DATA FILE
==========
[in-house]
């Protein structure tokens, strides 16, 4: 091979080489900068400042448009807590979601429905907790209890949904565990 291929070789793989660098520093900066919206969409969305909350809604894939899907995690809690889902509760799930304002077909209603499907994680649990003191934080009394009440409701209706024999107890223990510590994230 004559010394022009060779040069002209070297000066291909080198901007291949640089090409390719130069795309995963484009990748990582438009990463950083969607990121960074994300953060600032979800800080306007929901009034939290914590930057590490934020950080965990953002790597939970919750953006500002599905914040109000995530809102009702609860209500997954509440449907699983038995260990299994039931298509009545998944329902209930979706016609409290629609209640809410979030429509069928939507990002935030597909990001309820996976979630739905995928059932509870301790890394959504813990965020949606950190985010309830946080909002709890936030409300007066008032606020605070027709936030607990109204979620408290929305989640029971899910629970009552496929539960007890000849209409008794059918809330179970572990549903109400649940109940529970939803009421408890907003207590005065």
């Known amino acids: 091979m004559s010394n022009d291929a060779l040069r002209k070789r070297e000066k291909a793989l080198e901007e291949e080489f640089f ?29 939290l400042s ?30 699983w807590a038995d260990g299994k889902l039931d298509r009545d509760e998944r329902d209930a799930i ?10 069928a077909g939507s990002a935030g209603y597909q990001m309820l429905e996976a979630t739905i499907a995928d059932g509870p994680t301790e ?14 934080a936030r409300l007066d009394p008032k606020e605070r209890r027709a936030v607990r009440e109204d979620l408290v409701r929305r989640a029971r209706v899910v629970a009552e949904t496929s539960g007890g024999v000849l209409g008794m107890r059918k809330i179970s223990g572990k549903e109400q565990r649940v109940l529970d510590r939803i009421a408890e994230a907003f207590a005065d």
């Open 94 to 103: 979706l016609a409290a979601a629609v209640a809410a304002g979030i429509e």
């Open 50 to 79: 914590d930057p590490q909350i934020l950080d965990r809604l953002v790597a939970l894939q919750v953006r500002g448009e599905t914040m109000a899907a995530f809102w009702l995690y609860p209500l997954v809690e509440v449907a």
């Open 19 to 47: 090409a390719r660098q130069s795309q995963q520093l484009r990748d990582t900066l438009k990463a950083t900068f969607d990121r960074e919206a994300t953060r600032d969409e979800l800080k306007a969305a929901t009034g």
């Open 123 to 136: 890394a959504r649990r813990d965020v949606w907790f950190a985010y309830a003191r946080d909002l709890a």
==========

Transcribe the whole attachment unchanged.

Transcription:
[in-house]
């Protein structure tokens, strides 16, 4: 091979080489900068400042448009807590979601429905907790209890949904565990 291929070789793989660098520093900066919206969409969305909350809604894939899907995690809690889902509760799930304002077909209603499907994680649990003191934080009394009440409701209706024999107890223990510590994230 004559010394022009060779040069002209070297000066291909080198901007291949640089090409390719130069795309995963484009990748990582438009990463950083969607990121960074994300953060600032979800800080306007929901009034939290914590930057590490934020950080965990953002790597939970919750953006500002599905914040109000995530809102009702609860209500997954509440449907699983038995260990299994039931298509009545998944329902209930979706016609409290629609209640809410979030429509069928939507990002935030597909990001309820996976979630739905995928059932509870301790890394959504813990965020949606950190985010309830946080909002709890936030409300007066008032606020605070027709936030607990109204979620408290929305989640029971899910629970009552496929539960007890000849209409008794059918809330179970572990549903109400649940109940529970939803009421408890907003207590005065």
């Known amino acids: 091979m004559s010394n022009d291929a060779l040069r002209k070789r070297e000066k291909a793989l080198e901007e291949e080489f640089f ?29 939290l400042s ?30 699983w807590a038995d260990g299994k889902l039931d298509r009545d509760e998944r329902d209930a799930i ?10 069928a077909g939507s990002a935030g209603y597909q990001m309820l429905e996976a979630t739905i499907a995928d059932g509870p994680t301790e ?14 934080a936030r409300l007066d009394p008032k606020e605070r209890r027709a936030v607990r009440e109204d979620l408290v409701r929305r989640a029971r209706v899910v629970a009552e949904t496929s539960g007890g024999v000849l209409g008794m107890r059918k809330i179970s223990g572990k549903e109400q565990r649940v109940l529970d510590r939803i009421a408890e994230a907003f207590a005065d």
């Open 94 to 103: 979706l016609a409290a979601a629609v209640a809410a304002g979030i429509e």
């Open 50 to 79: 914590d930057p590490q909350i934020l950080d965990r809604l953002v790597a939970l894939q919750v953006r500002g448009e599905t914040m109000a899907a995530f809102w009702l995690y609860p209500l997954v809690e509440v449907a």
């Open 19 to 47: 090409a390719r660098q130069s795309q995963q520093l484009r990748d990582t900066l438009k990463a950083t900068f969607d990121r960074e919206a994300t953060r600032d969409e979800l800080k306007a969305a929901t009034g």
């Open 123 to 136: 890394a959504r649990r813990d965020v949606w907790f950190a985010y309830a003191r946080d909002l709890a």